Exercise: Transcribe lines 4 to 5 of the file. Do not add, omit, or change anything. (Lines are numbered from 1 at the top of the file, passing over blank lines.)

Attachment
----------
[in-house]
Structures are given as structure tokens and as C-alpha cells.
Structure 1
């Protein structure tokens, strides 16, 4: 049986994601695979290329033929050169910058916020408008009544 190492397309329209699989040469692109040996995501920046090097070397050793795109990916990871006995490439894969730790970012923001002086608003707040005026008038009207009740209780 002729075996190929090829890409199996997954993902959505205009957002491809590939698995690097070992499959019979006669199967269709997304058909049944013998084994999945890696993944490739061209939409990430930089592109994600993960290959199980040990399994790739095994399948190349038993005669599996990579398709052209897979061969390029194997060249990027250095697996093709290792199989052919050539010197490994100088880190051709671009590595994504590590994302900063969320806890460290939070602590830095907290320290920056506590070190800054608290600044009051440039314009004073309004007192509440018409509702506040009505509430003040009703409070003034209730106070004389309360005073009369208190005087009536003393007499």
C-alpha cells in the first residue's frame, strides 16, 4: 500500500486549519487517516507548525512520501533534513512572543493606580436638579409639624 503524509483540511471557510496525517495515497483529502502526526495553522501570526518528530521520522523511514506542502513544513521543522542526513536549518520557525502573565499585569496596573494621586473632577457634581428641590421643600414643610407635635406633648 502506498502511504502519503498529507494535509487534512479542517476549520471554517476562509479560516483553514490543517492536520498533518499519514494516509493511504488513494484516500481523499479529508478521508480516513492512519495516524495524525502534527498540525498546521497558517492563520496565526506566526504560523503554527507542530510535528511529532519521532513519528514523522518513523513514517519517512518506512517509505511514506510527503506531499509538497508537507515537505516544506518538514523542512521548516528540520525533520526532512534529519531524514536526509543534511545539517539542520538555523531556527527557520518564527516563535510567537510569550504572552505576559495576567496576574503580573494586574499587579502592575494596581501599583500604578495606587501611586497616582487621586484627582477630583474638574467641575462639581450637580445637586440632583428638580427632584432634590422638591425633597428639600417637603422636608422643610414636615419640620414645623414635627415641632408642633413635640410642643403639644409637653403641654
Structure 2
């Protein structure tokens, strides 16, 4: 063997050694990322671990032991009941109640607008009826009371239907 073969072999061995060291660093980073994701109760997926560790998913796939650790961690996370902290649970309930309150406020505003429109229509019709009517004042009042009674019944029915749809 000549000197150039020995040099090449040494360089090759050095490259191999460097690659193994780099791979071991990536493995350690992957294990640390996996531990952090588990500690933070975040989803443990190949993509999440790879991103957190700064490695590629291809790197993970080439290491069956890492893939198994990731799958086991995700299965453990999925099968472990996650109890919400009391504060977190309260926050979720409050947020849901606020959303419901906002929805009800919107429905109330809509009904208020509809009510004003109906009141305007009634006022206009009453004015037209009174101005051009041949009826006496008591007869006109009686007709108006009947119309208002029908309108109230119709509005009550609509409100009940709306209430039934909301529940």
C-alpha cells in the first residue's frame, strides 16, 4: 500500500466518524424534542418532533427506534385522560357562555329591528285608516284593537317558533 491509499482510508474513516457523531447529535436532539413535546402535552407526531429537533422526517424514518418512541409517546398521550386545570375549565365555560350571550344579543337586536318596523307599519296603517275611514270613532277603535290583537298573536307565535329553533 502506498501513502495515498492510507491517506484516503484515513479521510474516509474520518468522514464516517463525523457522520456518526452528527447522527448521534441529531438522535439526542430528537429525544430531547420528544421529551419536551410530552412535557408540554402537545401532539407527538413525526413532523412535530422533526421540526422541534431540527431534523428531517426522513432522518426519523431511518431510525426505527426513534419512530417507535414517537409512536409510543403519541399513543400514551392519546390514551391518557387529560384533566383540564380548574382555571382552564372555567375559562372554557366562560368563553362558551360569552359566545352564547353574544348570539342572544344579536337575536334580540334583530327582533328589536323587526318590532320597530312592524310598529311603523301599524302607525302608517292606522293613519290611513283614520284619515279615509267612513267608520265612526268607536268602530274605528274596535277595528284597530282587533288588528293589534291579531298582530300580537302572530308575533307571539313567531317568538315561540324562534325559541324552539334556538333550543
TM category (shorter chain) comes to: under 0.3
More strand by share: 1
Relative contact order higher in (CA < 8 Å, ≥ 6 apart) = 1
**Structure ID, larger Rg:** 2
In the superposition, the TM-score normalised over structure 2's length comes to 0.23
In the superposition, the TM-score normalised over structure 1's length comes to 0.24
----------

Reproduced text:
């Protein structure tokens, strides 16, 4: 049986994601695979290329033929050169910058916020408008009544 190492397309329209699989040469692109040996995501920046090097070397050793795109990916990871006995490439894969730790970012923001002086608003707040005026008038009207009740209780 002729075996190929090829890409199996997954993902959505205009957002491809590939698995690097070992499959019979006669199967269709997304058909049944013998084994999945890696993944490739061209939409990430930089592109994600993960290959199980040990399994790739095994399948190349038993005669599996990579398709052209897979061969390029194997060249990027250095697996093709290792199989052919050539010197490994100088880190051709671009590595994504590590994302900063969320806890460290939070602590830095907290320290920056506590070190800054608290600044009051440039314009004073309004007192509440018409509702506040009505509430003040009703409070003034209730106070004389309360005073009369208190005087009536003393007499």
C-alpha cells in the first residue's frame, strides 16, 4: 500500500486549519487517516507548525512520501533534513512572543493606580436638579409639624 503524509483540511471557510496525517495515497483529502502526526495553522501570526518528530521520522523511514506542502513544513521543522542526513536549518520557525502573565499585569496596573494621586473632577457634581428641590421643600414643610407635635406633648 502506498502511504502519503498529507494535509487534512479542517476549520471554517476562509479560516483553514490543517492536520498533518499519514494516509493511504488513494484516500481523499479529508478521508480516513492512519495516524495524525502534527498540525498546521497558517492563520496565526506566526504560523503554527507542530510535528511529532519521532513519528514523522518513523513514517519517512518506512517509505511514506510527503506531499509538497508537507515537505516544506518538514523542512521548516528540520525533520526532512534529519531524514536526509543534511545539517539542520538555523531556527527557520518564527516563535510567537510569550504572552505576559495576567496576574503580573494586574499587579502592575494596581501599583500604578495606587501611586497616582487621586484627582477630583474638574467641575462639581450637580445637586440632583428638580427632584432634590422638591425633597428639600417637603422636608422643610414636615419640620414645623414635627415641632408642633413635640410642643403639644409637653403641654